Herbert W. Armstrong, editor in chief of the Plain Truth, predecessor to the Trumpet, had an answer to these questions in 1945, when the world believed the Nazi threat had been eliminated. He wrote:
We don’t understand German thoroughness. From the very start of World War ii, they have considered the possibility of losing this second round, as they did the first—and they have carefully, methodically planned, in such eventuality, the third round—World War iii! Hitler has lost. This round of war, in Europe, is over. And the Nazis have now gone underground. In France and Norway, they learned how effectively an organized underground can hamper occupation and control of a country. Paris was liberated by the French underground—and Allied armies. Now a Nazi underground is methodically planned. They plan to come back and to win on the third try.
The frequency of radical elements being uncovered in the German Army, once considered to be isolated incidents, has increased. This trend can be traced over the last few decades.
Trumpet editor in chief Gerald Flurry writes in his booklet Germany and the Holy Roman Empire, “There were 72 right-wing incidents in the German Army in 1996. This number had climbed to 135 in 1999 and jumped to 196 in 2000. One particular outrage occurred in the small German town of Detmold. Uniformed German soldiers, while shouting, ‘Wogs out of Germany,’ attacked two Turkish immigrants and a 16-year-old Italian boy with baseball bats and knives. … German officials continue to downplay neo-Nazi-related activities within the Bundeswehr. But how much longer can they keep saying that such events are only ‘isolated’ cases—especially when statistics reveal an upward trend in violent incidents?”
As Mr. Armstrong warned decades ago, Nazism is making a comeback. Today we can see how right he was.
How did he know that Nazism would make a resurgence, at a time when the whole world thought it had been quashed forever? Because his primary source of intelligence was Bible prophecy. It reveals that the machine behind Nazi Germany, which many believed was destroyed at the end of World War ii, simply went underground.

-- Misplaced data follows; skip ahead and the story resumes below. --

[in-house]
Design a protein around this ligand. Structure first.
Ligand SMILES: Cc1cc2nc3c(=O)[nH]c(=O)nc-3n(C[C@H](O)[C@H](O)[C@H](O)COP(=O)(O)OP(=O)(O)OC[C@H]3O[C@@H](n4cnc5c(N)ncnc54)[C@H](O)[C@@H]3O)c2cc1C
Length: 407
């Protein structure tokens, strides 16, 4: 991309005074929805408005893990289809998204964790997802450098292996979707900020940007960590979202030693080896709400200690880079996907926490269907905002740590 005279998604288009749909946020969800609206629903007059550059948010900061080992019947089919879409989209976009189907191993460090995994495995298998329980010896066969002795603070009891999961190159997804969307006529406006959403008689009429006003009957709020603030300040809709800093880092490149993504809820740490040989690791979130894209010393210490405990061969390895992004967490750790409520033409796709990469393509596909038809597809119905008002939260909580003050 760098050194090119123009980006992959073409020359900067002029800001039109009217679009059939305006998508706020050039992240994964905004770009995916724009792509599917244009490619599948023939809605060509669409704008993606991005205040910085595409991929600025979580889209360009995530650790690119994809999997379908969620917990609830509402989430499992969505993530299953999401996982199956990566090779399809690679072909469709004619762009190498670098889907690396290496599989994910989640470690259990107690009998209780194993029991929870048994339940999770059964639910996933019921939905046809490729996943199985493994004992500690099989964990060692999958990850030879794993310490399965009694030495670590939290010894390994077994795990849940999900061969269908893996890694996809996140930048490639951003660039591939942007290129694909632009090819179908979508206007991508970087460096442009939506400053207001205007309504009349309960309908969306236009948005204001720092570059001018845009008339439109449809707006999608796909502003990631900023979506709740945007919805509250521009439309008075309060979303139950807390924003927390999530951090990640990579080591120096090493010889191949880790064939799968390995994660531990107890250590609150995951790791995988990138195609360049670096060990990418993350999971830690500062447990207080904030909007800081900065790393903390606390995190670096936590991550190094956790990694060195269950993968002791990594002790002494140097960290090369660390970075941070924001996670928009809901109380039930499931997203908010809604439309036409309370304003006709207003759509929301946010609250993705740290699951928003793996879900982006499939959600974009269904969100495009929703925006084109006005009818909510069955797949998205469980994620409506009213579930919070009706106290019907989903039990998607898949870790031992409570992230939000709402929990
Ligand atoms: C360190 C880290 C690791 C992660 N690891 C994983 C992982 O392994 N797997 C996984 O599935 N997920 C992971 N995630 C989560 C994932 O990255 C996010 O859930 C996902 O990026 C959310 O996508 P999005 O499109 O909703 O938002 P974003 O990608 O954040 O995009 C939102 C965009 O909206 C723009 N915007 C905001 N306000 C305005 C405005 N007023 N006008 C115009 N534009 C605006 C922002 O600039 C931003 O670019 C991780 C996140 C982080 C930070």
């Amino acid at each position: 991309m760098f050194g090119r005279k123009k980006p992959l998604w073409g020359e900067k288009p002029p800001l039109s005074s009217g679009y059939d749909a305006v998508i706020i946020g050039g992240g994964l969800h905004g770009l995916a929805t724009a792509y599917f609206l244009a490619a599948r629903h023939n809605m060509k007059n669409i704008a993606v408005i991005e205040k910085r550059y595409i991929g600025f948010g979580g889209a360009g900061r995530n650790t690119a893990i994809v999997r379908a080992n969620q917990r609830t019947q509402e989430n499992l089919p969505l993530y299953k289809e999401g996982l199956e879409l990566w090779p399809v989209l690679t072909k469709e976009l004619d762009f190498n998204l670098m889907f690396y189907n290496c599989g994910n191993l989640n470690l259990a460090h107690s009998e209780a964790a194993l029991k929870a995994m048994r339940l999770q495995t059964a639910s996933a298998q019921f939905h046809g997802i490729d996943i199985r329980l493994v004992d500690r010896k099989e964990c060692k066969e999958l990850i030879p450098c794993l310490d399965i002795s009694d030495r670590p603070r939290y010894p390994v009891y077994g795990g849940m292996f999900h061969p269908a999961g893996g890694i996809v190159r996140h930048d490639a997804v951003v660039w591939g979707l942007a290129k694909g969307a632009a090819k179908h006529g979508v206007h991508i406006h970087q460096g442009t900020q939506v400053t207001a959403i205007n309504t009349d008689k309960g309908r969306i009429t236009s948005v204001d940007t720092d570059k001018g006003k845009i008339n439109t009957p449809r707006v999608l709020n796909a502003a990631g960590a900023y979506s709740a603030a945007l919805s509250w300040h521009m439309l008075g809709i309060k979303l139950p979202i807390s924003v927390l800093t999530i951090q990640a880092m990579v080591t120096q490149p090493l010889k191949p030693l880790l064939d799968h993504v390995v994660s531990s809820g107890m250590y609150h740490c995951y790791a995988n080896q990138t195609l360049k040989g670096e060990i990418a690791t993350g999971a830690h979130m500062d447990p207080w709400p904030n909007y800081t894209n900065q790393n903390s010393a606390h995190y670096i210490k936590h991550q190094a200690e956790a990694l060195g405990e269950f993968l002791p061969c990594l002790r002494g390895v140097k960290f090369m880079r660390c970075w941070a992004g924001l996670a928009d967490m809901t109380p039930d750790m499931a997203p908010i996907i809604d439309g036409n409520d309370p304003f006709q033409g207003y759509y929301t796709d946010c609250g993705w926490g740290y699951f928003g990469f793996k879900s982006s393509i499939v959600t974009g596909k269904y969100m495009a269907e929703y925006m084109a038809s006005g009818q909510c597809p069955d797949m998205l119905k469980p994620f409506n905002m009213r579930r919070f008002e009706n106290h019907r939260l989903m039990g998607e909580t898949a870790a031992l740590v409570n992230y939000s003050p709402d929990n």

Revelation 17:8 and 10 state: “The beast that thou sawest was, and is not; and shall ascend out of the bottomless pit, and go into perdition: and they that dwell on the earth shall wonder, whose names were not written in the book of life from the foundation of the world, when they behold the beast that was, and is not, and yet is. … And there are seven kings: five are fallen, and one is, and the other is not yet come; and when he cometh, he must continue a short space.”
In the Prophesy Again booklet, Mr. Flurry explains that this beast power is referring to the Holy Roman Empire. It has had six distinct periods of dominance over the last 1,500 years. Mr. Armstrong was alive during the sixth period when “God revealed to him secrets about this sixth resurrection of the Holy Roman Empire, which ‘was, and is not, and yet is.’” This was under the Hitler-Mussolini axis.
When the Allies won the war, this beast power disappeared from the scene. But the Bible shows that this was only a temporary disappearance. This truth was revealed shortly after the Axis powers had lost—at a time when the beast “is not” in power anymore. But the Bible also says, “it is.” Mr. Flurry explains: “[A]s Mr. Armstrong preached time and again, they just went underground—into ‘the bottomless pit.”‘
“They’re still there,” he says, “they’re just underground.”
When it reemerges, this force will be the seventh and final head of the beast power, which Revelation 17:10 says “is not yet come.” What is happening in the German military today is a clear sign that the reemergence is beginning. It is proof of the fulfilment of that prophecy, and the seventh resurrection of the Holy Roman Empire!
These prophecies are real. A look today at the Bundeswehr, and the world as a whole, shows that these are not normal times. So much uncertainty reigns. But the Bible is sure. Request your free copy of Germany and the Holy Roman Empire to prove these prophecies and to see where they are leading.